More serious are the deficiencies in this text regarding the essential distinction it seeks to address: namely, the Church and her relations to those outside her. While our hearts echo the sentiment of the holy Hieromartyr Hilarion (Troitsky) who observed of the fracture in the Christian world: “What conscious Christian does not sorrow in soul when he sees the enmity and division among people who should be uniting their faith, among whom should be reigning the peace left and given by Christ to His disciples, and love poured into the hearts of Christians by the Holy Spirit!” — we acknowledge at the same time that the advent of such peace to those who are divided can come only through the proclamation of the one true path towards unity: the life of salvation offered in the Church; and that understanding how to return to the indivisible Church begins with a right understanding of separation. Here the document is at its most unclear. At no point does the text heed the example of the Holy Fathers, Councils and Canons of the Church in identifying the division between Christian peoples as arising from schism and heresy (terms which, most surprisingly, do not appear in the text at all); that is, in terms of increasing degrees of severance and departure from Christ’s Body and Truth.[1] Instead, the document takes the para-ecclesiological approach of locating division within a broadly-defined concept of “Christian unity” (cf. art. 4), which itself becomes an ambiguous phrase used to imply a paramount “unity of believers in Christ” (ibid.) that extends beyond the “One, Holy Catholic and Apostolic Church” and incorporates many other confessions.[2]

It is in this context of a heterodox para-ecclesiology that the document goes on to speak of Christian unity as something that has been “lost” (art. 5), and “the restoration of Christian unity” as one of the Church’s persistent aims (art. 4, 5, 12, 24). Such statements contradict the otherwise valid proclamation that “the unity by which the Church is distinguished in her ontological nature is impossible to shatter” (art. 6). Moreover, intermingling the right proclamation that the Church bears witness “to those who are external to her” (ibid.), with the suggestion that she engages with such bodies in order to seek “lost Christian unity on the basis of the faith and tradition of the ancient Church of the Seven Ecumenical Councils” (art. 5), makes clear that the “unity” being spoken of is one in which the Holy Orthodox Church of those Councils is but a part or component, rather than the undivided whole which Christ has ever preserved as His own Bride (cf. Ephesians 5.25-26, 32). In all this, not only is a heterodox ecclesiology implicated in the draft of a potentially pan-Orthodox statement, but a powerful pastoral opportunity is neglected. The true disunity present among Christian peoples today is the loss of unity of heterodox Christians with the Orthodox Church; and the path of healing that can render divided humanity truly united is the repentant departure from schism and heresy, and the return to the One Church whose unity has never been broken.[3] It is for the divine preservation of this interior unity that we pray when we petition for “the union of all” in the Divine Services, while at the same time bearing in our hearts the hope that those who are parted from it may return. A pan-Orthodox statement that fails to proclaim this Gospel hope into the world misses an opportunity rightly to bear the message of salvation.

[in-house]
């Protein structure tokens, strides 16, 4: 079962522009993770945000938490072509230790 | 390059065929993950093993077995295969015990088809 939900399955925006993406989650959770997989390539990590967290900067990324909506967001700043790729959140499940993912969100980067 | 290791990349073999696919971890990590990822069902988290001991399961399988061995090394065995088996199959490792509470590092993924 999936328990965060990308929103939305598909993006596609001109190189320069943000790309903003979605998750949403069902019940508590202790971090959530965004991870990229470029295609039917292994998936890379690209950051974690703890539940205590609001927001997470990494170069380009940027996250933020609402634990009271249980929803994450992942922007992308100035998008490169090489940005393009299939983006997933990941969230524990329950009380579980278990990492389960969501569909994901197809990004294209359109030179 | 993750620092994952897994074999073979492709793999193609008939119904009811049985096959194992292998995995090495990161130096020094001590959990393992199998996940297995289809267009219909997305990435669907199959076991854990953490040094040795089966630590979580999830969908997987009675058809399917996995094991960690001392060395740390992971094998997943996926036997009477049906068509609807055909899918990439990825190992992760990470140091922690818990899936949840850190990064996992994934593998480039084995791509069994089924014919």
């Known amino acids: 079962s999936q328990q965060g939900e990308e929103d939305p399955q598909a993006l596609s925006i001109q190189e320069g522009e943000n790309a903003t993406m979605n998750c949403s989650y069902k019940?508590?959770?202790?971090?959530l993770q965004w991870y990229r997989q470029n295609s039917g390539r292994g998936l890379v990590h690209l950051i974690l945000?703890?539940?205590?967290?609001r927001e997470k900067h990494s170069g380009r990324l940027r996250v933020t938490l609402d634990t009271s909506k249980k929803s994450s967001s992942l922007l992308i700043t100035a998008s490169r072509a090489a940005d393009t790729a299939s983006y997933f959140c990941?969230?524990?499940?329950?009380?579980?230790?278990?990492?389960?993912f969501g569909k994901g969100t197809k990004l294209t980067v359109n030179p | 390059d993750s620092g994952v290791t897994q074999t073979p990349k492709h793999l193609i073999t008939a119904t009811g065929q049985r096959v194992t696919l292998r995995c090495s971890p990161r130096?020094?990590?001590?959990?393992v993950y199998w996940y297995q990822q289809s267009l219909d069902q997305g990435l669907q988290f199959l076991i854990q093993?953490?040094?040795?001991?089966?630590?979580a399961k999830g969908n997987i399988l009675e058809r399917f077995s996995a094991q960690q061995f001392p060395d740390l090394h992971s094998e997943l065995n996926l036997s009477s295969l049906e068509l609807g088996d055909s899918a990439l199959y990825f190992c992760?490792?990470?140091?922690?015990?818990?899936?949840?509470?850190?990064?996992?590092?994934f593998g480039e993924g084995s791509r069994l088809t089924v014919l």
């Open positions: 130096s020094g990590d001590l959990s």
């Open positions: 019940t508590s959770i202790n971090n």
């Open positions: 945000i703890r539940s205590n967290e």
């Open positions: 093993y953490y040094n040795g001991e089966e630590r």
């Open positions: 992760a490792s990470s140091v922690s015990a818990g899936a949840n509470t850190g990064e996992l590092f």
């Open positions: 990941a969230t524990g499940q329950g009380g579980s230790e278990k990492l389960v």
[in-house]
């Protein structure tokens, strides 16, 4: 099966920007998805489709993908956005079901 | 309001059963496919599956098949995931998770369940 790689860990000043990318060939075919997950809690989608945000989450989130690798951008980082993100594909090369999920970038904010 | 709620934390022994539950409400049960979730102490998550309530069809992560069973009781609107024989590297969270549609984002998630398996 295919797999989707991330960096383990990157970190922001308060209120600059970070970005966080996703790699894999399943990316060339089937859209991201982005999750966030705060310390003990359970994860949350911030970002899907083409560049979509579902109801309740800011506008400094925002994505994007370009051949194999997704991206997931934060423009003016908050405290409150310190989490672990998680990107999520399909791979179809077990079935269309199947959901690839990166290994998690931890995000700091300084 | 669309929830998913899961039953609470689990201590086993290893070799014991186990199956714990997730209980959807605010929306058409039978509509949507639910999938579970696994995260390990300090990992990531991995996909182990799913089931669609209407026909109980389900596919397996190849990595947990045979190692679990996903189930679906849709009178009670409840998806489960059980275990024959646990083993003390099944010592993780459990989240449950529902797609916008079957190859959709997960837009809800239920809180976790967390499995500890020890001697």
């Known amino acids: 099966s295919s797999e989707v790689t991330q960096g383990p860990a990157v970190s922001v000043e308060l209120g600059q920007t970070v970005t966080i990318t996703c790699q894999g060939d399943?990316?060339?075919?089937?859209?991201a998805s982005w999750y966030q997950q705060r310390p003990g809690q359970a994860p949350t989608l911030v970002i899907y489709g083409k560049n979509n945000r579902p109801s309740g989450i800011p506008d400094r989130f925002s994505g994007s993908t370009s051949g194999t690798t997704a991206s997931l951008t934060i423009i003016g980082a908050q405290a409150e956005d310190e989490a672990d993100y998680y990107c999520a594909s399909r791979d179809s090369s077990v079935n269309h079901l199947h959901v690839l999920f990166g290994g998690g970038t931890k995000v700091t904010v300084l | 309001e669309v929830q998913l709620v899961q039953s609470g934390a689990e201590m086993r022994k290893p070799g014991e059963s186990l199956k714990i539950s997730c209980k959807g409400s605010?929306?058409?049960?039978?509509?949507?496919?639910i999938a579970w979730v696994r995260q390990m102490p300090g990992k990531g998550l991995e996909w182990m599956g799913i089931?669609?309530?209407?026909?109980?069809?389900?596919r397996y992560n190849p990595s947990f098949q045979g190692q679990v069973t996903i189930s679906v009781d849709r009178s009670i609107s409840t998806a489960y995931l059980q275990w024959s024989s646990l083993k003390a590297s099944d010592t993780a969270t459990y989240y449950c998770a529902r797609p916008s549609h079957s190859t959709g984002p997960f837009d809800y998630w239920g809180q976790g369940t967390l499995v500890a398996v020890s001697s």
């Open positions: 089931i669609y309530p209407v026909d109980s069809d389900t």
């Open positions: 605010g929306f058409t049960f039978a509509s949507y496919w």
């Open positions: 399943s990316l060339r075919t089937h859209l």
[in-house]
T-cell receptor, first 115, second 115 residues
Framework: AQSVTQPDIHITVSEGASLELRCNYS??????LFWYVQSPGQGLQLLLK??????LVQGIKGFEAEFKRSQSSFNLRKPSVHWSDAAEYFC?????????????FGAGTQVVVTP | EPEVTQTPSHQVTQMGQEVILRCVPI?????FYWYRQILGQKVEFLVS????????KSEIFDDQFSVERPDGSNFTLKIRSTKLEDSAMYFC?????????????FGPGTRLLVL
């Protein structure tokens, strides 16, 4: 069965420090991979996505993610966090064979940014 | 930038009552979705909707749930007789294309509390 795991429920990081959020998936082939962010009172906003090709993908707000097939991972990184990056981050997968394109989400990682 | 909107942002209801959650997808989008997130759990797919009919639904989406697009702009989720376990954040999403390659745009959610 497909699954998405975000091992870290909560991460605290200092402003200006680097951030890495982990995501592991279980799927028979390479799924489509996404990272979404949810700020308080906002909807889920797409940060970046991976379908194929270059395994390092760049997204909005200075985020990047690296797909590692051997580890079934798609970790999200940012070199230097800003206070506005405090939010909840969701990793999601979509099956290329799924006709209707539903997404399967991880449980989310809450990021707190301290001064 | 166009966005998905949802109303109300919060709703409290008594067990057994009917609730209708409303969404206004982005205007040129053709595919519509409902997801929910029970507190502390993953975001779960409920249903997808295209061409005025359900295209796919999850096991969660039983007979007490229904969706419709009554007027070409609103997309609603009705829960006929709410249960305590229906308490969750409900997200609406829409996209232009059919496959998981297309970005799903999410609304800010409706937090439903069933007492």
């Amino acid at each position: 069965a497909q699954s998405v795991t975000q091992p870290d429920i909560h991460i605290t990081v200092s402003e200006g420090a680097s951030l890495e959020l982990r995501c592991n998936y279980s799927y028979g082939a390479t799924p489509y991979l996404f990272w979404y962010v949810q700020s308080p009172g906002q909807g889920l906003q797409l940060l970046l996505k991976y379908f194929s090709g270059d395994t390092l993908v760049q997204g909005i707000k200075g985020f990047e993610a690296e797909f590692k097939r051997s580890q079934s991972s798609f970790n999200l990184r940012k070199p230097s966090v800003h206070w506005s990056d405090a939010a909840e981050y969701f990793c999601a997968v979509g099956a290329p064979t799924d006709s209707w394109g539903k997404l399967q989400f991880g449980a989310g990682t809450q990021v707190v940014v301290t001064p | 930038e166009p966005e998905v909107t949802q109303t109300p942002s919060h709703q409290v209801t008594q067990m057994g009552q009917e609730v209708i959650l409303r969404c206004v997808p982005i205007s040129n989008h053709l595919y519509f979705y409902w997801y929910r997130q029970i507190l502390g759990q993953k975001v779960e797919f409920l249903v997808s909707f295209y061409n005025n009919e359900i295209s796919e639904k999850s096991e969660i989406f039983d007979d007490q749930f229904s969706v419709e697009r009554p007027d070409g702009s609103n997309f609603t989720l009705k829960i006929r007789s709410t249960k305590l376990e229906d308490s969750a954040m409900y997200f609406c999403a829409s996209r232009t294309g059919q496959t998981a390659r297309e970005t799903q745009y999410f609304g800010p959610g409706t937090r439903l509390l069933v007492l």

The same document contains other errors which cannot be passed over. Its twenty-third article comments on the necessity of inter-Christian theological dialogue (itself a good and potentially fruitful endeavour) “excluding any practice of proselytism or any outrageous manifestations of inter-confessional antagonism” (art. 23). The loose association of the term “proselytism” with “inter-confessional antagonism” is problematic, for the Lord commands both the active preaching (leading to baptism) of “all nations” (cf. Matthew 28.19, 20) and assures the Church of His special preservation of those being proselytised — a reality we hymn in the Typical Psalms of the Divine Liturgy (κύριος φυλάσσει τοὺς προσηλύτους, Psalm 145.9). To categorically forbid “proselytism”, properly understood, by Orthodox towards the heterodox is a tacit acceptance of an “equality of confessions” (something the document itself rightly says cannot be accepted; cf. art. 18), since it amounts to an avowal of the idea that the heterodox are already united to the Body of Christ (the Church) and therefore need not be drawn towards repentant conversion into it.

We presume this clearly anti-Evangelical prohibition is not what is intended by the text, which pairs “proselytism” with “outrageous manifestations of inter-confessional antagonism”; and instead that it is using the term in a commonly-acknowledged vernacular to refer to devious and often underhanded tactics employed in preaching the Gospel, rather than the preaching of the Gospel itself (which is how we likewise interpret the employment of the term in the recent joint declaration of His Holiness the Patriarch of Moscow and the Roman Catholic Pope of Rome[4]). However, while informal usage of the term to refer to perversions of behaviour may be permissible in unbinding documents, it cannot be permitted of a formal ecclesiological statement.

The Document “The Mission of the Orthodox Church in Today’s World”